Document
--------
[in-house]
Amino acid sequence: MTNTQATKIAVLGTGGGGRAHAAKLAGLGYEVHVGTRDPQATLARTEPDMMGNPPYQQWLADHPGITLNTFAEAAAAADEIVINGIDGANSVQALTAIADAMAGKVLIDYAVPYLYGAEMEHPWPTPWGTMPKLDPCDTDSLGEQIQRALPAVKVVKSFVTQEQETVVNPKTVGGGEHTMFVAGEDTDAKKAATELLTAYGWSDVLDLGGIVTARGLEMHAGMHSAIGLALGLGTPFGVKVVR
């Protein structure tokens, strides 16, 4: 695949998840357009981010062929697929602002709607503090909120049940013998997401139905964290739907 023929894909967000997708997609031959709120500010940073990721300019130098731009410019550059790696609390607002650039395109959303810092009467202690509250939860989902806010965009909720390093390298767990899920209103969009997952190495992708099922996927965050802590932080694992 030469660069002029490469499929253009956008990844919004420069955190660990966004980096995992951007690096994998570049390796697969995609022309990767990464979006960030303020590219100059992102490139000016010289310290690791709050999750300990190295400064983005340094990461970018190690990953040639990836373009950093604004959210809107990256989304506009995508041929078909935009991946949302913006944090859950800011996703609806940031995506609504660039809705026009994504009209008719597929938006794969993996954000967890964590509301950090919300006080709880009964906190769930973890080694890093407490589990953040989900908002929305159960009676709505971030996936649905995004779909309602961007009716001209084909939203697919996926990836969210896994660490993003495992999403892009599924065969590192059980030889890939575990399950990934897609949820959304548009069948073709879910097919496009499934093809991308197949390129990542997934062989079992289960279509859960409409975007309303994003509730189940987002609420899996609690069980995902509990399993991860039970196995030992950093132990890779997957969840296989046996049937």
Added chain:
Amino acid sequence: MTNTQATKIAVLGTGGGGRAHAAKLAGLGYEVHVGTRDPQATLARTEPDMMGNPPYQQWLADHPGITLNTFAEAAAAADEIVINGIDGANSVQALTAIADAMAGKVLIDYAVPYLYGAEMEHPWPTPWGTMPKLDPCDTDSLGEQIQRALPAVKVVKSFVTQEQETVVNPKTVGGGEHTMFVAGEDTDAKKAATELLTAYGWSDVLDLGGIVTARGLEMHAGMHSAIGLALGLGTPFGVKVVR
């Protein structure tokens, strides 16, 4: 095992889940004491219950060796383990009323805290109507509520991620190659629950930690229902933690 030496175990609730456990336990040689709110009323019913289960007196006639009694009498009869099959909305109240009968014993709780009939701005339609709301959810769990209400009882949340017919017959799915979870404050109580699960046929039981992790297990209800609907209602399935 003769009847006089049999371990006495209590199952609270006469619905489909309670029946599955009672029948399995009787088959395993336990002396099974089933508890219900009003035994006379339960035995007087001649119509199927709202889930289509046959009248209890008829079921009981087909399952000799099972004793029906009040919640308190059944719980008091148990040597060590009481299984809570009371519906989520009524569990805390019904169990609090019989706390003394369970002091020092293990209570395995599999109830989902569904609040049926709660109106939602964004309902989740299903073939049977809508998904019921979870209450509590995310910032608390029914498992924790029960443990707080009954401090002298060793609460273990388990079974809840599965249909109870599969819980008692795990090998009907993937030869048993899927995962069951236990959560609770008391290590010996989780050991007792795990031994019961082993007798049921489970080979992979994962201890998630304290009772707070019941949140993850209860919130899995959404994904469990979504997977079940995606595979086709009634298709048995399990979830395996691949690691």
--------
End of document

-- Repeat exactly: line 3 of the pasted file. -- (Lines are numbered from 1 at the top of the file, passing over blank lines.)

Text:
């Protein structure tokens, strides 16, 4: 695949998840357009981010062929697929602002709607503090909120049940013998997401139905964290739907 023929894909967000997708997609031959709120500010940073990721300019130098731009410019550059790696609390607002650039395109959303810092009467202690509250939860989902806010965009909720390093390298767990899920209103969009997952190495992708099922996927965050802590932080694992 030469660069002029490469499929253009956008990844919004420069955190660990966004980096995992951007690096994998570049390796697969995609022309990767990464979006960030303020590219100059992102490139000016010289310290690791709050999750300990190295400064983005340094990461970018190690990953040639990836373009950093604004959210809107990256989304506009995508041929078909935009991946949302913006944090859950800011996703609806940031995506609504660039809705026009994504009209008719597929938006794969993996954000967890964590509301950090919300006080709880009964906190769930973890080694890093407490589990953040989900908002929305159960009676709505971030996936649905995004779909309602961007009716001209084909939203697919996926990836969210896994660490993003495992999403892009599924065969590192059980030889890939575990399950990934897609949820959304548009069948073709879910097919496009499934093809991308197949390129990542997934062989079992289960279509859960409409975007309303994003509730189940987002609420899996609690069980995902509990399993991860039970196995030992950093132990890779997957969840296989046996049937």